6. The recommendations made by the review
6.1. Many of the review's recommendations are proportionate and appear to be based on the evidence to hand. The following are, however, cause for concern in terms of a) the quality of evidence on which they are based, b) the quality of the analysis and interpretation of that evidence c) the proportionality of the recommended response or d) the presentation of the recommendation in the style and language of 'inspection and audit'.
6.1.1. Recommendation 1 - concerning the requirement to register any child who is electively home educated, to provide a statement of educational approach and to provide for annual reviews:
188.8.131.52. Annual reviews of progress against plans or objectives are an accepted means of positively supporting the development of staff in all areas of working life provided that:
o The review is seen as an opportunity to reflect upon progress and to plan for the future
o Appropriate deviation from the plan (including the reasons for the non-achievement of specific objectives) is reviewed and discussed in a supportive manner
184.108.40.206. Unfortunately although it may be the intent, recommendation 1 is not presented in this way and it is therefore unsurprising that many home educators see the proposal simply as a rolling process of 'auditing and licensing' which will measure their progress (and that of their children) against inflexible, ill-fitting and externally imposed criteria.
220.127.116.11. It is therefore essential that the resulting plan/objectives/statement captures the ethos, approach and values of the home educator (and the homed educated children) and not the values of the school based education system.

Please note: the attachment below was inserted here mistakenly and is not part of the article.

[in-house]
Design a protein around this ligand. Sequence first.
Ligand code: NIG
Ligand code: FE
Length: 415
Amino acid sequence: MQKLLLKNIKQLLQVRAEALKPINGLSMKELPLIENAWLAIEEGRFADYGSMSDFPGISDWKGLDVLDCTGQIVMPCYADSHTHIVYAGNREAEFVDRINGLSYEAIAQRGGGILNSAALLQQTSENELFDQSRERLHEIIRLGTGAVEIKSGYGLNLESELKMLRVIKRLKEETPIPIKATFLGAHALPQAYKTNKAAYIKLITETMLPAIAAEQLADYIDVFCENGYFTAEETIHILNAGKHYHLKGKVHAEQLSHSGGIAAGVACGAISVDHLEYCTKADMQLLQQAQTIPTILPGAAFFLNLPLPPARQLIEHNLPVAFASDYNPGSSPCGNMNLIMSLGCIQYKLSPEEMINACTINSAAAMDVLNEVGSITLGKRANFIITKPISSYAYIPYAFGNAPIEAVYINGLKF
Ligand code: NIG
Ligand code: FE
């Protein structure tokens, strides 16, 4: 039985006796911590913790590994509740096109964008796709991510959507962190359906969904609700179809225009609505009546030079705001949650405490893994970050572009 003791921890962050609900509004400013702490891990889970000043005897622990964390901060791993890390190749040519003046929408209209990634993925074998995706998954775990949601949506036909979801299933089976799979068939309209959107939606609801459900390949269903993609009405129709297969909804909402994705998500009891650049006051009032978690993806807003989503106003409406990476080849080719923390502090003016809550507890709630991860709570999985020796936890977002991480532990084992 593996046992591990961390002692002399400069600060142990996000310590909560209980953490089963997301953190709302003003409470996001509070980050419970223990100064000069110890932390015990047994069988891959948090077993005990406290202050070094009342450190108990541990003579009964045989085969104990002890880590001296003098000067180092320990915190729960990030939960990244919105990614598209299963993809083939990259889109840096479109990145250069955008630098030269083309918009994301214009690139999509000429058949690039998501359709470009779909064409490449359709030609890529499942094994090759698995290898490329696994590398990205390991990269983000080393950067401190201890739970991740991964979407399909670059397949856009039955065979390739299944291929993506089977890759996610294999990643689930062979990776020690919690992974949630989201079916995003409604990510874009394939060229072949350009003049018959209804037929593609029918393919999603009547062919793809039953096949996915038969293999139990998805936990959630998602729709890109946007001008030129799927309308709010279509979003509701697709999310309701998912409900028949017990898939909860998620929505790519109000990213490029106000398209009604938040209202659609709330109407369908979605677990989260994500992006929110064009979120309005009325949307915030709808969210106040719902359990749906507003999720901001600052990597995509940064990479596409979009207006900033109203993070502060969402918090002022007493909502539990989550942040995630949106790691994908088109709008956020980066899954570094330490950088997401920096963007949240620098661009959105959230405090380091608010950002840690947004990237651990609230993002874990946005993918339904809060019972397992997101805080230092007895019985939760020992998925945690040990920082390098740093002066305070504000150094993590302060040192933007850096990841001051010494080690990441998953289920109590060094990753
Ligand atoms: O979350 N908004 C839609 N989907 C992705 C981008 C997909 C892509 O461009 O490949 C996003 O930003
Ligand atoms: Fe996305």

18.104.22.168. Finally there is a very grave risk that statements and plans will evolve into the kind of anodyne, scripted and jargon-infused competencies and attainment statements currently passing for end of year reports in many schools. This must be avoided if the system is to be of any real benefit.
6.1.2. Recommendations 7 & 8 - concerning a proposed right of access to the home and right to speak with each child alone if deemed appropriate and various procedural aspects:
22.214.171.124. At face value this recommendation is a response to the need to establish the extent to which the child is receiving a suitable and effective education and follows from the proposal for an annual review of progress (above).
126.96.36.199. However, as Annex E to the review makes clear the current legal framework already provides a suitable mechanism for establishing the effectiveness of the provided education through a) a request for the provision of evidence by the parent/carer and then b) recourse to court action and potentially a school attendance order if such evidence is not forthcoming and/or the local authority is not able to satisfy itself of the suitability of the education provided. (See also Section 437 (1), Education Act 1996)
188.8.131.52. Thus the existing approach, in combination with the proposed compulsory registration scheme will ensure that the local authority will have the means to assess the provision for every child that is electively home educated. There need be no recourse to disproportionate measures such as a legal right of access to the home and of access to children without parental/carer presence which may have particularly damaging consequences.